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# What factors affect the rate of diffusion?

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Particle size, temperature, concentration difference and diffusion distance affect the rate of diffusion. The particle size highly influences the rate of diffusion. Since the heat of the environment is the energy source for diffusion, a smaller particle at a given temperature moves faster than a larger particle. The rate of diffusion shares an inversely proportional relationship with the particle size.

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Temperature and the rate of diffusion have a directly proportional relationship with one another. The rate of diffusion increases as the temperature increases. At higher temperatures, particles move faster because more energy is available to diffuse them.

The rate of diffusion increases as the concentration difference increases. A substance diffusing between two areas exhibits a concentration difference as the particles diffuse from one side of the wall to the other side. For example, if a semipermeable bag of plain water is placed in salt water, the rate of diffusion increases because the salt water has a higher concentration of particles than the plain water.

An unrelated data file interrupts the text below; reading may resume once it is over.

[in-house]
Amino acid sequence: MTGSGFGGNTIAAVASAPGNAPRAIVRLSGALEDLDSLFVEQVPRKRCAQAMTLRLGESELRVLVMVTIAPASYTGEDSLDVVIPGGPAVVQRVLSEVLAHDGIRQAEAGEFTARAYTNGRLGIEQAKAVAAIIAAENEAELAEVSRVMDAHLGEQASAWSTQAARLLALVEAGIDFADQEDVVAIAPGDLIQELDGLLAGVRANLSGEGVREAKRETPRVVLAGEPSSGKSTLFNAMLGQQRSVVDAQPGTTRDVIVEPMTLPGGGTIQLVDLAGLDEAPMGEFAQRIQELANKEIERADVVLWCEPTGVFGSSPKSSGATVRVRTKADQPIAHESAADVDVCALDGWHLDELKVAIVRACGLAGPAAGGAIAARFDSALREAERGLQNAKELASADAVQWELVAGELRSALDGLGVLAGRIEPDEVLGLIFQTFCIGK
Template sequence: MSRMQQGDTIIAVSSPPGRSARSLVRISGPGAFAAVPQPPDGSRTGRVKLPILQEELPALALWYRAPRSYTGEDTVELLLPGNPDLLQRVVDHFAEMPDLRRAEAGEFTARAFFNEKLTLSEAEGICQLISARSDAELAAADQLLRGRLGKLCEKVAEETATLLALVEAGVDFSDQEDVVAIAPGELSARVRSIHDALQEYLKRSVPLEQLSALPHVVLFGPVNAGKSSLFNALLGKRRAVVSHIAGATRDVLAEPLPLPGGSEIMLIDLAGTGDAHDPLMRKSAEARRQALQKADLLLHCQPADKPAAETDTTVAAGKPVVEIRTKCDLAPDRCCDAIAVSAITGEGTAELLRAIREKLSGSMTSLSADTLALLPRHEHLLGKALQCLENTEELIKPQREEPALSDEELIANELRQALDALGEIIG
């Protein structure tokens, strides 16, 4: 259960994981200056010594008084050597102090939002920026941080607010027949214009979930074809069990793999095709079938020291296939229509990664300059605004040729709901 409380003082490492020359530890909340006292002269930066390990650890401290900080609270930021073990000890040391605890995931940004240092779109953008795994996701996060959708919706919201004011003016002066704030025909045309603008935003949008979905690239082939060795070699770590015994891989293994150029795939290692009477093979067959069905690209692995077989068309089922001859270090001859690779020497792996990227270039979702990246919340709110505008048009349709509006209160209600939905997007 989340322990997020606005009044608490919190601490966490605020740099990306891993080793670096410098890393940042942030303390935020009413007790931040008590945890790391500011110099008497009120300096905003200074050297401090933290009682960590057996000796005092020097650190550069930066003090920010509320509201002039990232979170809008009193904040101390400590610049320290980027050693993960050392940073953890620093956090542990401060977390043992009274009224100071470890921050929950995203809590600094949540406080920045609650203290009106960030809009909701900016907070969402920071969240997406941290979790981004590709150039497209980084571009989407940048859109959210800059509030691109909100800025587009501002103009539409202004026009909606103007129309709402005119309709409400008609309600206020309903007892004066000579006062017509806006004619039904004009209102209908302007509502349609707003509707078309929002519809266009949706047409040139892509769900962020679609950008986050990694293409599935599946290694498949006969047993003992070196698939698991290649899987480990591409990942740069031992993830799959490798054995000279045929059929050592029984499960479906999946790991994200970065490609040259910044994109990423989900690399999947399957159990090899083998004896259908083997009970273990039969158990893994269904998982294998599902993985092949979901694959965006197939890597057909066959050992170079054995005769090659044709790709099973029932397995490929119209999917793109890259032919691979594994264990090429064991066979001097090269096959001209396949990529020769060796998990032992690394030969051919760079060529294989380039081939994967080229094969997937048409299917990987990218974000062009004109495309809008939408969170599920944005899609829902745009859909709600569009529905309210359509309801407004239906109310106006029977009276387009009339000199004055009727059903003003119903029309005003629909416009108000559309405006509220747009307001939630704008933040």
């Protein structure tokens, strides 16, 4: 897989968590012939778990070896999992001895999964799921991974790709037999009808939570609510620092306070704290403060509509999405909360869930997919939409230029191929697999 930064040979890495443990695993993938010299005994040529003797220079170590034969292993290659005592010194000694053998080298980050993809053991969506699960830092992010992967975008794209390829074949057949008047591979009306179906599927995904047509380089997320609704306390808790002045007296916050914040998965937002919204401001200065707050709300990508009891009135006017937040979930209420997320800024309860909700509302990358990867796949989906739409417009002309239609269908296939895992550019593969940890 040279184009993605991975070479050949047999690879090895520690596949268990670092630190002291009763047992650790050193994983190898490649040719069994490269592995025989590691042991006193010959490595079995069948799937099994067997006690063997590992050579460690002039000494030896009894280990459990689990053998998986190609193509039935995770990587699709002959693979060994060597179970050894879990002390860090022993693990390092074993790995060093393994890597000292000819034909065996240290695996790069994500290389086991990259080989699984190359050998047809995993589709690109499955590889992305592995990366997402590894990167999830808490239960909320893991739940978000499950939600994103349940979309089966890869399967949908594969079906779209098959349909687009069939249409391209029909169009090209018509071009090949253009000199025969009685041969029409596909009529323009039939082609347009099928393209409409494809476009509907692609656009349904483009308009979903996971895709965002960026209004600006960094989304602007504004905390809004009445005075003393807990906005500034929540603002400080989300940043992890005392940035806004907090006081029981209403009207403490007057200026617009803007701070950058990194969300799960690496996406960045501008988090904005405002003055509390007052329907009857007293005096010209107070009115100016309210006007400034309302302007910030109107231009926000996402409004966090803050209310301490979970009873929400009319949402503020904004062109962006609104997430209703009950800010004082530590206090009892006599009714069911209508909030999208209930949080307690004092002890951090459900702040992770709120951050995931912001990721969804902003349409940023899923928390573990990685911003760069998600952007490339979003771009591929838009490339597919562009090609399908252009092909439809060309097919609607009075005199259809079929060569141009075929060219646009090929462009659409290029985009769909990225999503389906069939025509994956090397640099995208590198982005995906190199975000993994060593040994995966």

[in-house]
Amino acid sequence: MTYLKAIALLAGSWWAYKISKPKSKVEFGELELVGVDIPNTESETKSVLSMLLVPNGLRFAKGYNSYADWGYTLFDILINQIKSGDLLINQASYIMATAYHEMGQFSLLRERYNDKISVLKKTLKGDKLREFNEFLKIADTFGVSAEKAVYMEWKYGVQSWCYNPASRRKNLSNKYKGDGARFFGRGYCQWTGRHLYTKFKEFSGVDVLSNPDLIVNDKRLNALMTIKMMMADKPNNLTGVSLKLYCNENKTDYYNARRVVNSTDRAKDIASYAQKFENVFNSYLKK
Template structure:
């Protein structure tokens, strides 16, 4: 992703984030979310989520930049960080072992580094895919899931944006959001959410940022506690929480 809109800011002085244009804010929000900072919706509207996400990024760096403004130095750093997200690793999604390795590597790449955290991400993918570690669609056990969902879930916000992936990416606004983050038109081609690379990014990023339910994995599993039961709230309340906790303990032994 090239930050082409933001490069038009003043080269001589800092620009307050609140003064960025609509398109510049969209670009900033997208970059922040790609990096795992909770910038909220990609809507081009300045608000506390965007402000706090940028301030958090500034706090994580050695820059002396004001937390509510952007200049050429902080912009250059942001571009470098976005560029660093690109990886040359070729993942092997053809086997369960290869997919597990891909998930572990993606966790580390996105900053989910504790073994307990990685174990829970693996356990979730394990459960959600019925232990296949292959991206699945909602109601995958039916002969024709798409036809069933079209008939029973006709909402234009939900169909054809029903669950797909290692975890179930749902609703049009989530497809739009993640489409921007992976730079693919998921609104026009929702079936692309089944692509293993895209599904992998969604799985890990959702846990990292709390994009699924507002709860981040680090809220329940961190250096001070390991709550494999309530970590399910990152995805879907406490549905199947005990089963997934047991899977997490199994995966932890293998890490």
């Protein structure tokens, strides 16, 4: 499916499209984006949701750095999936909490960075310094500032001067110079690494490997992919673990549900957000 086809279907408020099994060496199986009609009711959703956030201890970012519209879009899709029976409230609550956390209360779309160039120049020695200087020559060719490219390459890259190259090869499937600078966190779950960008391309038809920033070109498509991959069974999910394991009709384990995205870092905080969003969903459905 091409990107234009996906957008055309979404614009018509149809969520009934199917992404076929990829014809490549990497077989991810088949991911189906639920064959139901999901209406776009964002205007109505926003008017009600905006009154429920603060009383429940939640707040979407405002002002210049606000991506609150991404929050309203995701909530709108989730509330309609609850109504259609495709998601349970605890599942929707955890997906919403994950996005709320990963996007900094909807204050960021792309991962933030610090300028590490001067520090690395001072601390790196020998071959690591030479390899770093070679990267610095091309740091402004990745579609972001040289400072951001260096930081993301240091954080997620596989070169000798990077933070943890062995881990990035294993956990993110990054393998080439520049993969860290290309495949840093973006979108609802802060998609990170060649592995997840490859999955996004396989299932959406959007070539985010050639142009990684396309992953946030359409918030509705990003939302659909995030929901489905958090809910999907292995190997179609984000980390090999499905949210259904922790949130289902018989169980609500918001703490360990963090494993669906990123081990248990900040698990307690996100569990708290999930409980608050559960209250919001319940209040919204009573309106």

The rate of diffusion is directly proportional to a particle's distance. It takes longer for a particle to diffuse when it is further away than it does for a particle that is closer to the point of diffusion.

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Molecular weight is indirectly proportional to the rate of diffusion: the smaller, lighter particles disperse faster compared to larger, heavier particles. On average, a particle moves at around 3,997 miles per hour at room temperature.

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Diffusion rates are dependent on molecular sizes because larger molecules diffuse slower than smaller molecules. The sizes of the particles involved in the diffusion are important because they closely relate to the concepts of heat and energy in the context of diffusion. It takes more energy and heat to move a larger object than a smaller one, so larger particles require more heat from their surroundings.